Single Rohingya family returns

DAKHINPARA, BANGLADESH - SEPTEMBER 12: Rohingya refugees jump from a wooden boat as it begins to tip over after travelling from Myanmar, on September 12, 2017 in Dakhinpara, Bangladesh. Recent reports have suggested that around 290,000 Rohingya have now fled Myanmar after violence erupted in Rakhine state. The 'Muslim insurgents of the Arakan Rohingya Salvation Army' have issued statement that indicates that they are to observe a cease fire, and have asked the Myanmar government to reciprocate. (Photo by Dan Kitwood/Getty Images) 846017136

Myanmar says it has repatriated the first family of Rohingya of around 700,000 refugees who fled to Bangladesh since August 2017, despite UN warnings that returning was not safe. 
The Muslim community has sheltered in huge camps in Bangladesh since the Burmese army launched a ruthless crackdown in northern Rakhine State last August. Myanmar’s military-dominated authorities said troops were targeted Rohingya militants, although they refer to “Bengalis”, implying the community is comprised of illegal immigrants from Bangladesh.
Earlier this month, Myanmar sentenced seven soldiers to prison terms for involvement in the killing of 10 Rohingya men.
Refugees in Bangladesh, however, said that such acts were widespread, describing indiscriminate killings, rape and the burning of villages.
For decades, the Rohingya have been systematically stripped of their citizenship and forced to live in apartheid-like conditions with severely restricted access to health care, education and other basic services.
Bangladesh and Myanmar were due to begin repatriations in January but the plan has been repeatedly delayed with both governments blaming the other for a lack of preparation.
According to the Nay Pyi Taw government, a single Muslim family returned.
“The five members of a family… came back to Taungpyoletwei town repatriation camp in Rakhine State this morning,” the shadowy “Information Committee” posted on Facebook. The family was reportedly given national verification cards, which fall short of citizenship and have been rejected by Rohingya leaders who want full rights.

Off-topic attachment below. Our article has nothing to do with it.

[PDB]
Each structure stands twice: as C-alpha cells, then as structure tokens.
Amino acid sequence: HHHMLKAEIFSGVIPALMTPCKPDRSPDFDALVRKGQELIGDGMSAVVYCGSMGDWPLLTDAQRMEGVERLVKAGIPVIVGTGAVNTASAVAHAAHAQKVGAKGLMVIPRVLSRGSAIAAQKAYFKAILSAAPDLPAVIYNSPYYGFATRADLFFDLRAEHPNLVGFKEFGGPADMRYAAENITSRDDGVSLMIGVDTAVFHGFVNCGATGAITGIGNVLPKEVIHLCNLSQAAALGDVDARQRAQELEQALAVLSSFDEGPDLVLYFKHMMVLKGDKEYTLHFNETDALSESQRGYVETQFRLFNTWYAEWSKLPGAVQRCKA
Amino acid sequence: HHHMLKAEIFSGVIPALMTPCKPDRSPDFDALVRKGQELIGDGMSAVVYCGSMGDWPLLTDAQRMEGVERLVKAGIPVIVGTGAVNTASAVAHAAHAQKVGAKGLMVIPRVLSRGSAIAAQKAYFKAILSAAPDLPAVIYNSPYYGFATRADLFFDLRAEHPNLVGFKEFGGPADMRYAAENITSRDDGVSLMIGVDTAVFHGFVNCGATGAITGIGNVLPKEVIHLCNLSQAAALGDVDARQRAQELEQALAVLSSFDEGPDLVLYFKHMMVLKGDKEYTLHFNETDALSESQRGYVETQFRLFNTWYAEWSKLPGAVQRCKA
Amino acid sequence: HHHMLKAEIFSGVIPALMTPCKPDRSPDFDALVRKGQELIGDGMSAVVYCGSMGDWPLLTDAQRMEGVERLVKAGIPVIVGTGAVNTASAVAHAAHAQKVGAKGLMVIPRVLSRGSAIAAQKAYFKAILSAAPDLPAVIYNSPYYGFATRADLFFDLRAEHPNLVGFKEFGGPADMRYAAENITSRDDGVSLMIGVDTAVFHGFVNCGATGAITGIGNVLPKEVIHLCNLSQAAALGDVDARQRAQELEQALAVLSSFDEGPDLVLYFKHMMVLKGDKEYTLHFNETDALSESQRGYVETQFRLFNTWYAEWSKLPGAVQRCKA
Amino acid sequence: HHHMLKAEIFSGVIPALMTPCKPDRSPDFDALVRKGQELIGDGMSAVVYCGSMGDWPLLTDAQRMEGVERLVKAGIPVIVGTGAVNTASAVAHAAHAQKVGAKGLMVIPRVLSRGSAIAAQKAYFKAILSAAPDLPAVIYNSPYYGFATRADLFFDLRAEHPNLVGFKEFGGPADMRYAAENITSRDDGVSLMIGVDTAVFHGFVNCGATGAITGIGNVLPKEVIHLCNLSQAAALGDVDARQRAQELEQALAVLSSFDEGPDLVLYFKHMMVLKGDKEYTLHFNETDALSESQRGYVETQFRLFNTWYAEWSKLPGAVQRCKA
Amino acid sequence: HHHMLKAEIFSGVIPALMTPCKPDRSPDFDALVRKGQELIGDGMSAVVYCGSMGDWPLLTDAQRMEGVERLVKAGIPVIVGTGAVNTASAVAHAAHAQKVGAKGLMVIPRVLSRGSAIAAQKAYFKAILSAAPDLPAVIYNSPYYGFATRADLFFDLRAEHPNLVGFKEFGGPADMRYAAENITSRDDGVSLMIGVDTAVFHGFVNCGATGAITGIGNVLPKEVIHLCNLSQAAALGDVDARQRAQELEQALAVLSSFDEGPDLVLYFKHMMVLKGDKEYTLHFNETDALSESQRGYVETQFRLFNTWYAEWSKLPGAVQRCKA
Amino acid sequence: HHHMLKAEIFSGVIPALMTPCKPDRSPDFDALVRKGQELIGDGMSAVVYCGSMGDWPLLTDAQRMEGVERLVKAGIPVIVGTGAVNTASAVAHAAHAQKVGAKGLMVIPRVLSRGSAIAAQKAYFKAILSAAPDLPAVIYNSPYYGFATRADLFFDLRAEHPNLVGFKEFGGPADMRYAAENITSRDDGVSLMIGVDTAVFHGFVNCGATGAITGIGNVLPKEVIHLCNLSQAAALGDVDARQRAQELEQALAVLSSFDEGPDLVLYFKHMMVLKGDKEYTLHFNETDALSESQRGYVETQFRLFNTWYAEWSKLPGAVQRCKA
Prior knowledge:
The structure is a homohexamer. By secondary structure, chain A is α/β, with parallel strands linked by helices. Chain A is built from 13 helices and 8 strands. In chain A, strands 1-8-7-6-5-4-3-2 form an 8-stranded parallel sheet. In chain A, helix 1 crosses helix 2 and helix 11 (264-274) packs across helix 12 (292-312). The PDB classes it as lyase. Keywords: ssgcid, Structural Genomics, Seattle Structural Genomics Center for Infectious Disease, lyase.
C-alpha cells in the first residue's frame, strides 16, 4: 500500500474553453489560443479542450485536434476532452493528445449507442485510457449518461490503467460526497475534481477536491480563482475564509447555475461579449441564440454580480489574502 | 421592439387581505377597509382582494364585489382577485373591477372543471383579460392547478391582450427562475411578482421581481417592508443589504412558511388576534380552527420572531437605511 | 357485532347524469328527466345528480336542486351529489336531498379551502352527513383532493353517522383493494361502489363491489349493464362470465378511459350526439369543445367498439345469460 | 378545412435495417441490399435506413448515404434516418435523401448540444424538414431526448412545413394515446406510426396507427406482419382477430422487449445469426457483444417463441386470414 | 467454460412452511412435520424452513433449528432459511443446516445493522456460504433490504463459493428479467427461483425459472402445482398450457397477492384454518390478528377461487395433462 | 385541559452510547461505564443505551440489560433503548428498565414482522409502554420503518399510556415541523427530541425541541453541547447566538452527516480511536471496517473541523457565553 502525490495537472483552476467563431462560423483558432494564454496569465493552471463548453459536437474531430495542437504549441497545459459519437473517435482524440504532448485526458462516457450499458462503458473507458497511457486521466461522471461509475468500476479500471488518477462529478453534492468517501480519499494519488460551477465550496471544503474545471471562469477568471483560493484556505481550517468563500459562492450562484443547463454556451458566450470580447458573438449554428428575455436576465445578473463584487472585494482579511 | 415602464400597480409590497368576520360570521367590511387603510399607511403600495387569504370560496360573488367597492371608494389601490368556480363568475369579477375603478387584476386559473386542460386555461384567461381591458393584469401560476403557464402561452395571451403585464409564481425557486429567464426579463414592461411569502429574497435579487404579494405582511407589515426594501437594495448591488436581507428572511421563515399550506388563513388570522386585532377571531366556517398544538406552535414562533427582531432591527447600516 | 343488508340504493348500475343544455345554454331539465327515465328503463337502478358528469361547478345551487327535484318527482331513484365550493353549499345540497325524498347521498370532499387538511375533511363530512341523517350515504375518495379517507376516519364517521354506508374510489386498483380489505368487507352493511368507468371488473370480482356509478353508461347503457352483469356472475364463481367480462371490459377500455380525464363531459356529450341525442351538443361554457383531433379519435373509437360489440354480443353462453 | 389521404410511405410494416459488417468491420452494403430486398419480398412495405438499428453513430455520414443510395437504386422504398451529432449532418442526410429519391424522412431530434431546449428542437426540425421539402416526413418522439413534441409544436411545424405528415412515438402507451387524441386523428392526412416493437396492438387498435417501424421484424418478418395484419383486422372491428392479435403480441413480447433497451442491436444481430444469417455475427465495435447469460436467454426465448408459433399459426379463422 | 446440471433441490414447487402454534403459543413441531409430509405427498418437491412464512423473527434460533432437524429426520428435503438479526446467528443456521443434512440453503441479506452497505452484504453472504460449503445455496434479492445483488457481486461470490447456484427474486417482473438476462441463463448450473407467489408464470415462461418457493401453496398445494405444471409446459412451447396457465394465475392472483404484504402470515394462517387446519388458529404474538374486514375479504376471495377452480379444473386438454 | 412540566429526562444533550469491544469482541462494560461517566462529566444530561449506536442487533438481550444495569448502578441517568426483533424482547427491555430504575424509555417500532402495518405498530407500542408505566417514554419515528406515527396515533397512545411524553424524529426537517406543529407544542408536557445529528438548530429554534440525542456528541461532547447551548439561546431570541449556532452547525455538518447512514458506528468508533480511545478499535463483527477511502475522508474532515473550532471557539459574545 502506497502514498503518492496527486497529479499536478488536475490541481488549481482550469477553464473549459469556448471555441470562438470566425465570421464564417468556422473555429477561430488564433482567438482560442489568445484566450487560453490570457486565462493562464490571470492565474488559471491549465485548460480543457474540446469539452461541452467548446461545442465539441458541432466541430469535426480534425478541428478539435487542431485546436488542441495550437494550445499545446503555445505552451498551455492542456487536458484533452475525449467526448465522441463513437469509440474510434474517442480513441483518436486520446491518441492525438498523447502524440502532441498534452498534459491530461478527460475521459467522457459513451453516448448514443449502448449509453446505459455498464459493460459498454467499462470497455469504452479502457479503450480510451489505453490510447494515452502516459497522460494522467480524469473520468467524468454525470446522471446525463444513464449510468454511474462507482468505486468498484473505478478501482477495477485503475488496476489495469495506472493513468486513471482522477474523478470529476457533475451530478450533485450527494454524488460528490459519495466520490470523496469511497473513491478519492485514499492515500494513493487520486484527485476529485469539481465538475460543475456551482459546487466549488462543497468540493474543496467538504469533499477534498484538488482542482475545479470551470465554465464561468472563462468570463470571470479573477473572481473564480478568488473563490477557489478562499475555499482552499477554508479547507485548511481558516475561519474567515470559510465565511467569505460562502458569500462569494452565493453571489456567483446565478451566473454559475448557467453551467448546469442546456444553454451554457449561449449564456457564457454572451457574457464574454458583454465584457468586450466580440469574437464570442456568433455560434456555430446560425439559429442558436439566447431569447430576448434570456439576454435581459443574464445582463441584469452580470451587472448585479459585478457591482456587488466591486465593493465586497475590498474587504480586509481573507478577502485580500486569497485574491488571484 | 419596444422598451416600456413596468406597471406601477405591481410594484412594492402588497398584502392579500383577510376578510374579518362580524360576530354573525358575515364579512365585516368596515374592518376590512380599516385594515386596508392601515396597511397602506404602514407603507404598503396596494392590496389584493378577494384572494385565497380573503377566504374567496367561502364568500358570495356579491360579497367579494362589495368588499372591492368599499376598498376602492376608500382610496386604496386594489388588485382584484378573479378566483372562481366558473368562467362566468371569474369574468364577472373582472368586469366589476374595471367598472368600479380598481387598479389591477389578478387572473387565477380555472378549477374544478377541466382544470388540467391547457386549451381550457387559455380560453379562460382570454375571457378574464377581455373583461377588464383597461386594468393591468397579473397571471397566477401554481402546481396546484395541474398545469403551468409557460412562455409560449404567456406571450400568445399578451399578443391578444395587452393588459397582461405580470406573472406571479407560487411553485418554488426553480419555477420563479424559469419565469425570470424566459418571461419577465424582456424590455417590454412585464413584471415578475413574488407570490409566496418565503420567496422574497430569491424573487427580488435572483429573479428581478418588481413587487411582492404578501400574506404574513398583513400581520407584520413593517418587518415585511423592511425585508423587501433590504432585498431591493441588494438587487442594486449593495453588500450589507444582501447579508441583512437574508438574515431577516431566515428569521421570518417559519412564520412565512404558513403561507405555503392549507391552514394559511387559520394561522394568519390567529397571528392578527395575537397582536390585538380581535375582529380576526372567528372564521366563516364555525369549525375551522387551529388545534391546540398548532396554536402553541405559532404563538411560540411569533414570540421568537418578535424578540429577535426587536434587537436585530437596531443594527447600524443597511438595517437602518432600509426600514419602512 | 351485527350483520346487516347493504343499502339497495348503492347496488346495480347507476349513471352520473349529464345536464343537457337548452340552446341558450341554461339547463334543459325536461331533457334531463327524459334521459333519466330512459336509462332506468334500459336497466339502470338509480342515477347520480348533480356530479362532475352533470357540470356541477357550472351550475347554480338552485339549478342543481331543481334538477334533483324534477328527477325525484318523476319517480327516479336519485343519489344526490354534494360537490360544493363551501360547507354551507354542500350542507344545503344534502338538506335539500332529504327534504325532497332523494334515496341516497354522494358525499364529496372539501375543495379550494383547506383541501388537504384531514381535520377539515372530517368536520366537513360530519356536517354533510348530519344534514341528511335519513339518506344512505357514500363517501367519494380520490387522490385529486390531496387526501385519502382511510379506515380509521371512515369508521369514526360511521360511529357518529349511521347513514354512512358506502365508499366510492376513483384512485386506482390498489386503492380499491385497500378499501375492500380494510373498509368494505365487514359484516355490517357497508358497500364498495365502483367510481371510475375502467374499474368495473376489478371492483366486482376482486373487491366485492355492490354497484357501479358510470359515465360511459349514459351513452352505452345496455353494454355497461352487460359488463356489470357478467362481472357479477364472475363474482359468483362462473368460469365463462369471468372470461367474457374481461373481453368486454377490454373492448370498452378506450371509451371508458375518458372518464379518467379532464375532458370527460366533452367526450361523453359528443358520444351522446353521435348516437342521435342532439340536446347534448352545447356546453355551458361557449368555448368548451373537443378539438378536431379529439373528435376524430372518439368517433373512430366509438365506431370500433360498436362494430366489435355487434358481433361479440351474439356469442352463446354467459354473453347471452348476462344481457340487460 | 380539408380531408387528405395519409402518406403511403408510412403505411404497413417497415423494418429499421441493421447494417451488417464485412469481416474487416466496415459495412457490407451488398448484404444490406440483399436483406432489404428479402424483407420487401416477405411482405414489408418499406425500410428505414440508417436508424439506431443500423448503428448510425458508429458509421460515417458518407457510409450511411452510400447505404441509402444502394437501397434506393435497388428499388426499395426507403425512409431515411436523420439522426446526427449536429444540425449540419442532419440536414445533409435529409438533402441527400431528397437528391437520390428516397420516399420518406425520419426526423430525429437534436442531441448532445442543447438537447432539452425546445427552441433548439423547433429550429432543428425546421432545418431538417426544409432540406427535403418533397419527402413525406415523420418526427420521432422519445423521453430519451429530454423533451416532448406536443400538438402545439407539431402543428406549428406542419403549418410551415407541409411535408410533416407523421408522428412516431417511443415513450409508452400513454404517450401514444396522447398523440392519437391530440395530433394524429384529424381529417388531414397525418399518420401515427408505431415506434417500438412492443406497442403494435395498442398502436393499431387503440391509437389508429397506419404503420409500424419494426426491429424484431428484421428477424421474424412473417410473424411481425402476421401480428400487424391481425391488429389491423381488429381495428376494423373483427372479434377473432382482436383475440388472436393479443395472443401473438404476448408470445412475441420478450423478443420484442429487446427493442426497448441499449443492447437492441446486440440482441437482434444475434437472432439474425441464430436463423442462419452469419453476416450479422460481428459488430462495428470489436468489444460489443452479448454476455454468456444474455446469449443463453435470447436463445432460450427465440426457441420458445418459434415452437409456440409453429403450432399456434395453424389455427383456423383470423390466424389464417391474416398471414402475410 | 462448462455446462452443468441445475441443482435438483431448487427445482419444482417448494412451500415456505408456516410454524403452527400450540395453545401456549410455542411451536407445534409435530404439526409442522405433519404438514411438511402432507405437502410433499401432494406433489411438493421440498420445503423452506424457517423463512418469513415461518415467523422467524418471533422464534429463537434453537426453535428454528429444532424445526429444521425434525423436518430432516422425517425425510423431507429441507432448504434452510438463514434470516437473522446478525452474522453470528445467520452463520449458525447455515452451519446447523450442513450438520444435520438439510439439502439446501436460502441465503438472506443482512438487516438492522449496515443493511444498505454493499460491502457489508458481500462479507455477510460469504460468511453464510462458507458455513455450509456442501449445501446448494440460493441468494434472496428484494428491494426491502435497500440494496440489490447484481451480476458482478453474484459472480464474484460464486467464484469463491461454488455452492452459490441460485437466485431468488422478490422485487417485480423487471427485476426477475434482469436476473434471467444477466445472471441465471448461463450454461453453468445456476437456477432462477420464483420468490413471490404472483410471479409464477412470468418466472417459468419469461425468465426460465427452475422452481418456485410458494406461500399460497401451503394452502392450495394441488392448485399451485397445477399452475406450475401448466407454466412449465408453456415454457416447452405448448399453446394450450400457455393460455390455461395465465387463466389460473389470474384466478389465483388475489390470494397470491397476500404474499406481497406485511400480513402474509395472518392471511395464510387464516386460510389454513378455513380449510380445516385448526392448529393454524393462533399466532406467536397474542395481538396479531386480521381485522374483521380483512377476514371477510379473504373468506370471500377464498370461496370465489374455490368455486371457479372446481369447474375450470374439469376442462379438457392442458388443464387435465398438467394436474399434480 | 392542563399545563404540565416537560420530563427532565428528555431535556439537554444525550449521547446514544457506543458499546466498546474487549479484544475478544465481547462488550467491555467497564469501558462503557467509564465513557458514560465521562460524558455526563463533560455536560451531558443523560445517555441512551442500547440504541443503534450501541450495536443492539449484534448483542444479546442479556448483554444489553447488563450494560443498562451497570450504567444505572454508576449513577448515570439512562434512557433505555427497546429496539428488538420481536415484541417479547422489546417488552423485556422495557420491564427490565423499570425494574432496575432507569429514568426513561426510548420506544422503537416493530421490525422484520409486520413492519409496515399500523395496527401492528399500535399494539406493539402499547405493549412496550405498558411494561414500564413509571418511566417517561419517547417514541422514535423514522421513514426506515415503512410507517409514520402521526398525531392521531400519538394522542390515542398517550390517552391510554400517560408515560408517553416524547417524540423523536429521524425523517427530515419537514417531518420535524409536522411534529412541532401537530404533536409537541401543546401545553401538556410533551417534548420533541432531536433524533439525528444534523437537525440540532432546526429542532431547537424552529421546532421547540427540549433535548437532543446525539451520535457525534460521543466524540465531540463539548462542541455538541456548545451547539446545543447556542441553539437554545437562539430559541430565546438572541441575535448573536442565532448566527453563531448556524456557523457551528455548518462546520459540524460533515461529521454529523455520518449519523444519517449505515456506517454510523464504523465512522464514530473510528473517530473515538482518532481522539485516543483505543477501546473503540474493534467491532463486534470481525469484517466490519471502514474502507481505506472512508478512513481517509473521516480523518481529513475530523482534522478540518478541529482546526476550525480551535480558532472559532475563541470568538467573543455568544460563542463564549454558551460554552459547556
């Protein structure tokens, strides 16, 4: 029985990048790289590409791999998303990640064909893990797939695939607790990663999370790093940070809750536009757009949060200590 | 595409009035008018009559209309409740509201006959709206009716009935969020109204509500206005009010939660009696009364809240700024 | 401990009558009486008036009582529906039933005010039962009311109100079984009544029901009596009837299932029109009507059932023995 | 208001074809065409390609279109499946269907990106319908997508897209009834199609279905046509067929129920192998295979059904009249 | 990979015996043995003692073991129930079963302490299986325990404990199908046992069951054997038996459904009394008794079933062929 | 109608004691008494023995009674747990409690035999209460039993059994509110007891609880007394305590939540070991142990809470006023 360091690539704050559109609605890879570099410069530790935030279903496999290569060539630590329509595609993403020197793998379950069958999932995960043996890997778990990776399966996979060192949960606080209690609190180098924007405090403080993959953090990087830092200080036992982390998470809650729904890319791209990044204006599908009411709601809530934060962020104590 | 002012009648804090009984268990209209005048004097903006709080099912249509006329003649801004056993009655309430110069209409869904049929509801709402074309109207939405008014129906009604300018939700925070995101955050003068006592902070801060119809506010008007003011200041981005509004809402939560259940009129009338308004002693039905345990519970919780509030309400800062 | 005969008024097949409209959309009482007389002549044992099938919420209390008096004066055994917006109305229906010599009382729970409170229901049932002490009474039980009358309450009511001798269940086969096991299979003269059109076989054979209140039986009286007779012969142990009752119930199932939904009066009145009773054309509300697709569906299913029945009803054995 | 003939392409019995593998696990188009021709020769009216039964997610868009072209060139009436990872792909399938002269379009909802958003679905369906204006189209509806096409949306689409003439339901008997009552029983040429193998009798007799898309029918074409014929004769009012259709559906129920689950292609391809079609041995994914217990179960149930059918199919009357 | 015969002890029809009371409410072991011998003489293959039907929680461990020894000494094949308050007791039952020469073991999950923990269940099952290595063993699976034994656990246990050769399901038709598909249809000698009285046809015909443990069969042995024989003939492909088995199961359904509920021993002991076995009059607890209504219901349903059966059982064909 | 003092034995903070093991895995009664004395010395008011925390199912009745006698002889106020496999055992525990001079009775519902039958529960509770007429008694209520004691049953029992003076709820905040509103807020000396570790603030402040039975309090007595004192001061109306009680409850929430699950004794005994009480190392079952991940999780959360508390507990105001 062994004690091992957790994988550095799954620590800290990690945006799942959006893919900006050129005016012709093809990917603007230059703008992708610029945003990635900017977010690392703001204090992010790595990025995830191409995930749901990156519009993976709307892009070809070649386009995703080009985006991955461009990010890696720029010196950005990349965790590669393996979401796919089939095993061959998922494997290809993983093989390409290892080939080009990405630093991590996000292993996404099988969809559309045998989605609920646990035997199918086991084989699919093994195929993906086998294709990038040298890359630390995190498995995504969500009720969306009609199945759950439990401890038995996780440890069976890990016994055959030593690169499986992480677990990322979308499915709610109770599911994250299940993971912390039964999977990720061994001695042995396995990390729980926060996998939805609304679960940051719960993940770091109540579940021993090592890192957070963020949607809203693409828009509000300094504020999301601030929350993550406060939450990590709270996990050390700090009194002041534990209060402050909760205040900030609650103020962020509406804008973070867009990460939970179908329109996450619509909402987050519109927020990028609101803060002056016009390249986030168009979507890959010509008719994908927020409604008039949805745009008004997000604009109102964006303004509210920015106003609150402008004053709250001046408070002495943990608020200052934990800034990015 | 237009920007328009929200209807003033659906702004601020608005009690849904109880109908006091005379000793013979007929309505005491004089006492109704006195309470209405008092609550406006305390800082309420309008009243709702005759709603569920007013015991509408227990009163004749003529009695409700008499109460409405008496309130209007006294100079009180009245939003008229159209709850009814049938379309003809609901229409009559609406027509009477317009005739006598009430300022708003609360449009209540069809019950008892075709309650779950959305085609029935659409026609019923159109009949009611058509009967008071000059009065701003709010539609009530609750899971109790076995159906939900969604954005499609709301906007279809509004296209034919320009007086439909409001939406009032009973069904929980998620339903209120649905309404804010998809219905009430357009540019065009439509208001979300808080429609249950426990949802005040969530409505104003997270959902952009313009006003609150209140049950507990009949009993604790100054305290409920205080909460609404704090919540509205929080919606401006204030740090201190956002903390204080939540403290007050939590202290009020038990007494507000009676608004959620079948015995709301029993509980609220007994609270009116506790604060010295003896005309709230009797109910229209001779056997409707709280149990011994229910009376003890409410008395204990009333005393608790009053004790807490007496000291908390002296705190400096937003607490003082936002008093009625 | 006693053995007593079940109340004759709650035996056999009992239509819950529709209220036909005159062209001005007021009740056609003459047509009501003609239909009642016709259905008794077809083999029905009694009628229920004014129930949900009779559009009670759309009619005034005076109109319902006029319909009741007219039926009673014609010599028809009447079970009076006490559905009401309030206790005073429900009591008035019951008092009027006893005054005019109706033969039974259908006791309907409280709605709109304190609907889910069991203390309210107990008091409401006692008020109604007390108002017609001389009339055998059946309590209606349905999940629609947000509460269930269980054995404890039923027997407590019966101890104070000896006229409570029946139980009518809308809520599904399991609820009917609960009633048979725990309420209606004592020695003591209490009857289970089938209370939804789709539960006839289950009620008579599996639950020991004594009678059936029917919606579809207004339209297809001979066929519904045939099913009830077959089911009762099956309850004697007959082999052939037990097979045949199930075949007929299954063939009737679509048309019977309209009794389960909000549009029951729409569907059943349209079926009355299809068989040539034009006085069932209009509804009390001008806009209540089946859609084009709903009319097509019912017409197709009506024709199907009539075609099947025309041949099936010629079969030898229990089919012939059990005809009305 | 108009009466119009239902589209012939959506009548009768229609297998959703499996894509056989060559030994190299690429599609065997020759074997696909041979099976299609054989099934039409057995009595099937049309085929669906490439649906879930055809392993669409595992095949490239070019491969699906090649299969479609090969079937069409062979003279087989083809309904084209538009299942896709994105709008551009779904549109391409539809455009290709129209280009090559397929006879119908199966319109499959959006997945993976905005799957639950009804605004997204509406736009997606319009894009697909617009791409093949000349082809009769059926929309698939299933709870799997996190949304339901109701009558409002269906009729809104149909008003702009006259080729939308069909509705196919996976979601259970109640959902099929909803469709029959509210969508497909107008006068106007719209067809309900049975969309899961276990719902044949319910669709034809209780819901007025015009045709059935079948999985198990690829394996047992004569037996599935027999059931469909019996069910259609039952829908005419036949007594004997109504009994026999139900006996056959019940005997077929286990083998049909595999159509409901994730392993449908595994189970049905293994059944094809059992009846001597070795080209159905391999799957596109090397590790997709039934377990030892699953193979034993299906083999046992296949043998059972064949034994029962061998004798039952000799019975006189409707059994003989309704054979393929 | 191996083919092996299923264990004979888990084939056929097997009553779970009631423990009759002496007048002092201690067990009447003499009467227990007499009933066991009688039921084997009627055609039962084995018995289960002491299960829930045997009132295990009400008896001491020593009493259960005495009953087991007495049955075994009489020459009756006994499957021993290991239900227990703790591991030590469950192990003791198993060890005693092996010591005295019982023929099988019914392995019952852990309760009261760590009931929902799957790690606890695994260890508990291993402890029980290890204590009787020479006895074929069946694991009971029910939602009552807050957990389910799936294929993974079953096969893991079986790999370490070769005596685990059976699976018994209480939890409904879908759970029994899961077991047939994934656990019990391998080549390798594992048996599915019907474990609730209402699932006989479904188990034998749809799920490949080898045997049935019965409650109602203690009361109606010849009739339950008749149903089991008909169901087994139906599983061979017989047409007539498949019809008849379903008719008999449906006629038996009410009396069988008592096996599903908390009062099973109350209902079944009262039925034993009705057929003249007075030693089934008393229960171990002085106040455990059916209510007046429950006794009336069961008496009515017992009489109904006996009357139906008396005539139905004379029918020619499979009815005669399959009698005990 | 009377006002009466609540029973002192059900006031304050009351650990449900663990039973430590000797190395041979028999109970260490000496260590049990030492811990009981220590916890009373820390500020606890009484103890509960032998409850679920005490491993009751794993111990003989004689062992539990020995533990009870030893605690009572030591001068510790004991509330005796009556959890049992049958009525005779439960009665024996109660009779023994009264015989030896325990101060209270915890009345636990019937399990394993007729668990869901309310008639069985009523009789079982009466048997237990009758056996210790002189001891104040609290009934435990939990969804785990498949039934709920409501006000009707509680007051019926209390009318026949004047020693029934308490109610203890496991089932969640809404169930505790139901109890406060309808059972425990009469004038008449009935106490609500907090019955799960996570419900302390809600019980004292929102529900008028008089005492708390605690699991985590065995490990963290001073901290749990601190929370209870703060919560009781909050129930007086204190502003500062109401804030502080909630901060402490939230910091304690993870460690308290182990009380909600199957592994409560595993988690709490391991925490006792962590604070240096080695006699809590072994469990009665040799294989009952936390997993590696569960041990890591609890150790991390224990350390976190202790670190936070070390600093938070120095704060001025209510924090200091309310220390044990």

Government photos showed what it called a “Muslim” family receiving the verification cards, as the state does not use the word Rohingya or even “minority”, because it implies citizenship.
Bangladesh’s refugee commissioner, Mohammad Abul Kalam, said the family had been sheltering in a camp erected on “no man’s land” between the two countries.
Several thousand Rohingya have been stuck between the borders since August. There are reportedly a cluster of tents beyond a fence which marks the border.
“They were not under our jurisdiction, therefore, we cannot confirm whether there would be more people waiting to go back,” the commissioner told the media.
Andrea Giorgetta from the International Federation for Human Rights said the event was “a public relations exercise in an attempt to deflect attention from the need for accountability for crimes committed in Rakhine State”.
“Before proceeding with the repatriation of Rohingya, the Myanmar government must recognise and guarantee all their fundamental human rights,” he said.


Rohingya refugees arrive in Bangladesh last September. Picture credit: Flickr